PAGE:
Microbiologic epidemiology depending on time to occurrence of prosthetic joint infection: a prospective cohort study.


Centre de référence interrégional pour la prise en charge des infections ostéo-articulaires complexes (CRIOAc Lyon), Lyon, France; Service des maladies infectieuses et tropicales, Hôpital de la Croix-Rousse, Lyon, France. Electronic address: [Email]


OBJECTIVE : The high microbiologic diversity encountered in prosthetic joint infection (PJI) makes the choice of empirical antimicrobial therapies challenging, especially in cases of implant retention or one-stage exchange. Despite the risk of dysbiosis and toxicity, the combination of vancomycin with a broad-spectrum β-lactam is currently recommended in all cases, even if Gram-negative bacilli (GNB) might be less represented in late PJI. In this context, this study aimed to describe the microbiologic epidemiology of PJI according to the chronology of infection.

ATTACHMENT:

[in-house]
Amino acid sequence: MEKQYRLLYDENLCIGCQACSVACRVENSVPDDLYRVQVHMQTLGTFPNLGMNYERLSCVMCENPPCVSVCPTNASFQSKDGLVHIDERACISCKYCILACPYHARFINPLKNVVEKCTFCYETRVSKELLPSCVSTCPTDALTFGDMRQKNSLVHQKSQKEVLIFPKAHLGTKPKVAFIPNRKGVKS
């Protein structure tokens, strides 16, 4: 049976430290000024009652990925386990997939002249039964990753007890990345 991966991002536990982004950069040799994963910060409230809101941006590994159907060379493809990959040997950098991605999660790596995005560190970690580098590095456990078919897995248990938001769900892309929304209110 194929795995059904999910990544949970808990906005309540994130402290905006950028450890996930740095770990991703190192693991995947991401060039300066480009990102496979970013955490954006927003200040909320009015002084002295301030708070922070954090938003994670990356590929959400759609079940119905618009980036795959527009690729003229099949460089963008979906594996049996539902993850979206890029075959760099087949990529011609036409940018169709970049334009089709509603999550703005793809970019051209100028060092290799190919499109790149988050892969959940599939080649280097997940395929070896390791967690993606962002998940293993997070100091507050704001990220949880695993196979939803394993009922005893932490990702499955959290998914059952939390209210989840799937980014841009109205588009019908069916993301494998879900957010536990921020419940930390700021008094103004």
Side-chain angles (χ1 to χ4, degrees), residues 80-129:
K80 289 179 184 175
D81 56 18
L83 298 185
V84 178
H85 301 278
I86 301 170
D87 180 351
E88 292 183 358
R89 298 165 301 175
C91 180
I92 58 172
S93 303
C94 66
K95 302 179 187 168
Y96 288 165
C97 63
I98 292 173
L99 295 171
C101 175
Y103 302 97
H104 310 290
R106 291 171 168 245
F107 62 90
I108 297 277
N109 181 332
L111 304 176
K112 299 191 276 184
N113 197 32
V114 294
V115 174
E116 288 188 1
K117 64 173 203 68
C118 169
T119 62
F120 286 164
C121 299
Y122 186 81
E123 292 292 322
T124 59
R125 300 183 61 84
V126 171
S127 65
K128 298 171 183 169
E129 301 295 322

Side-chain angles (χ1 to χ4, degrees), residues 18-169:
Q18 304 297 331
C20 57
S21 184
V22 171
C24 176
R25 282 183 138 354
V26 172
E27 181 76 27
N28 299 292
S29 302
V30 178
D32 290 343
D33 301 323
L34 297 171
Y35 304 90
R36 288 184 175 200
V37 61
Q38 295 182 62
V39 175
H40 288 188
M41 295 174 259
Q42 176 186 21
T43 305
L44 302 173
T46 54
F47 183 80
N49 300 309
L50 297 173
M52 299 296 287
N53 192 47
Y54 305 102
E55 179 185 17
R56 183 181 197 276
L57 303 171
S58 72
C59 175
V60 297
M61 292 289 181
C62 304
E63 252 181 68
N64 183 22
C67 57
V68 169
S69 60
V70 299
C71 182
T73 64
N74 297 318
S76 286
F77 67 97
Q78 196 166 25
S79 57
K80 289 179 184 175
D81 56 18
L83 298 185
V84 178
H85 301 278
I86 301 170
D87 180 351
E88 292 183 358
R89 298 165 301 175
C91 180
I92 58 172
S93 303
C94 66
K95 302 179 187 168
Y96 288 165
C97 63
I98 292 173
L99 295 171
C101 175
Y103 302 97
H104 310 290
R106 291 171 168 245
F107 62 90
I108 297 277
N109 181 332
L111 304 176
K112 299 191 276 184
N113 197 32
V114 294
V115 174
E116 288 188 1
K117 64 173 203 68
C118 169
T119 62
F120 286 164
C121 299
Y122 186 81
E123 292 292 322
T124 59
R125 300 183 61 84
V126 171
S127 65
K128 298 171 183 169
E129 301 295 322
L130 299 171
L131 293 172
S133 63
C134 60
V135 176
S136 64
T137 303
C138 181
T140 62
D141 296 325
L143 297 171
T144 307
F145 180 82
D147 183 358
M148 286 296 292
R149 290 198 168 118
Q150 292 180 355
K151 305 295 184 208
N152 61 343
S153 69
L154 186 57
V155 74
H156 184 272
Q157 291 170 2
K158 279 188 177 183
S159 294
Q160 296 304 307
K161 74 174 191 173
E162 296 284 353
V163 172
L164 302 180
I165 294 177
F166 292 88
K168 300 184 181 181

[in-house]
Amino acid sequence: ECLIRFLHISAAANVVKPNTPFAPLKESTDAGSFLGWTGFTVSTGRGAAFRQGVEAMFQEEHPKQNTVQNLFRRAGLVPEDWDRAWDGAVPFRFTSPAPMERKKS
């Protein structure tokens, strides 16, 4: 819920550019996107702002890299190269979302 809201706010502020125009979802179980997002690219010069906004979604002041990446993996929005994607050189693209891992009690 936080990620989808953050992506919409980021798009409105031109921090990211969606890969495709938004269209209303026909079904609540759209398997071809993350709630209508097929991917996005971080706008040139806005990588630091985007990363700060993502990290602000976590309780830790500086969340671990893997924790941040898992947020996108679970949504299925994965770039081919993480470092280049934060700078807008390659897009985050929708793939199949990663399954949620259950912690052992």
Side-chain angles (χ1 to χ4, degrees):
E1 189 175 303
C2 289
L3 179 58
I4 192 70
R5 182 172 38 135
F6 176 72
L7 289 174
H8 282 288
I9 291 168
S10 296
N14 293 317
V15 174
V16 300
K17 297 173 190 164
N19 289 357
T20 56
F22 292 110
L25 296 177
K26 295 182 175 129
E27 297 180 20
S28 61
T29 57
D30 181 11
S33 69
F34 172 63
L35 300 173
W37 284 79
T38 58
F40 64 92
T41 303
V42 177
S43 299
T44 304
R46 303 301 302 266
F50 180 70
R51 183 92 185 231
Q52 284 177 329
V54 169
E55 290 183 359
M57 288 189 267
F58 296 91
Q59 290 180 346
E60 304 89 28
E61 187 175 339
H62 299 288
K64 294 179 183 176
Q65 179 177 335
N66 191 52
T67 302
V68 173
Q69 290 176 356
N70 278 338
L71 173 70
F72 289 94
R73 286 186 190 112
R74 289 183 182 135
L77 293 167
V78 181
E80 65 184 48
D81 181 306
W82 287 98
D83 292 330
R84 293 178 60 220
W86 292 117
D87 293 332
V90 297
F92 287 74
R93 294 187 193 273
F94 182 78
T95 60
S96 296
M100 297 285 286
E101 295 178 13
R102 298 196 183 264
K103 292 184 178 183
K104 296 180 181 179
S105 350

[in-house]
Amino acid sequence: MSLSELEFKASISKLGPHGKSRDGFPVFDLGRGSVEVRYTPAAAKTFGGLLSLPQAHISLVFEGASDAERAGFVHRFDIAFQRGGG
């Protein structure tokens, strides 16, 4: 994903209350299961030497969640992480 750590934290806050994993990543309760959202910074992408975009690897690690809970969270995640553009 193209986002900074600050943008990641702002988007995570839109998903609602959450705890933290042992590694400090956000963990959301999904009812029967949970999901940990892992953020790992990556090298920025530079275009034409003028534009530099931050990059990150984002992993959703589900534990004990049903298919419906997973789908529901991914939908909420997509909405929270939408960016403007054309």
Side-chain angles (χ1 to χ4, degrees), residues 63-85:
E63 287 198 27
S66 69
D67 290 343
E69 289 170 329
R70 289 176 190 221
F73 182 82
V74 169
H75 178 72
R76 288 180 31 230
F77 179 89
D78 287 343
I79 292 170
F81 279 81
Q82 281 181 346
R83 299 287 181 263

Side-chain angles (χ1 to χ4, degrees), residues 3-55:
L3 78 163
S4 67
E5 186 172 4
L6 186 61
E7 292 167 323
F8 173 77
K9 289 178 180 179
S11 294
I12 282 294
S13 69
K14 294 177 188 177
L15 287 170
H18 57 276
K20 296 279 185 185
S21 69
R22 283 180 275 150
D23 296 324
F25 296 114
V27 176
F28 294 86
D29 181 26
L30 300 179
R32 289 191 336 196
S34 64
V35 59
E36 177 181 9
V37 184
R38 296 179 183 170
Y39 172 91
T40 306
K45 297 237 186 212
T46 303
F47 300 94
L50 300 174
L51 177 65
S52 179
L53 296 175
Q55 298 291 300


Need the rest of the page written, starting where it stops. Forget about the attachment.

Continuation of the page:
METHODS : This prospective cohort study (2011-2016) evaluated the microbiologic aetiology of 567 PJI according to time of occurrence from prosthesis implantation-early (<3 months), delayed (3-12 months) and late (>12 months)-as well as mechanism of acquisition.
RESULTS : Initial microbiologic documentation (n = 511; 90.1%) disclosed 164 (28.9%) Staphylococcus aureus (including 26 (16.1%) methicillin-resistant S. aureus), 162 (28.6%) coagulase-negative staphylococci (including 81 (59.1%) methicillin-resistant coagulase-negative staphylococci), 80 (14.1%) Enterobacteriaceae, 74 (13.1%) streptococci and 60 (10.6%) Cutibacterium acnes. Considering nonhaematogenous late PJI (n = 182), Enterobacteriaceae (n = 7; 3.8%) were less represented than in the first year after implantation (n = 56; 17.2%; p <0.001), without difference regarding nonfermenting GNB (4.6% and 2.7%, respectively). The prevalence of anaerobes (n = 40; 21.9%; including 32 (80.0%) C. acnes) was higher in late PJI (p <0.001). Consequently, a broad-spectrum β-lactam might be useful in 12 patients (6.6%) with late PJI only compared to 66 patients (20.3%) with early/delayed PJI (p <0.001).
CONCLUSIONS : Considering the minority amount of GNB in late postoperative PJI, the empirical use of a broad-spectrum β-lactam should be reconsidered, especially when a two-stage exchange is planned.


Antimicrobial therapy,Empiric,Epidemiology,Microbiology,Prosthetic joint infection,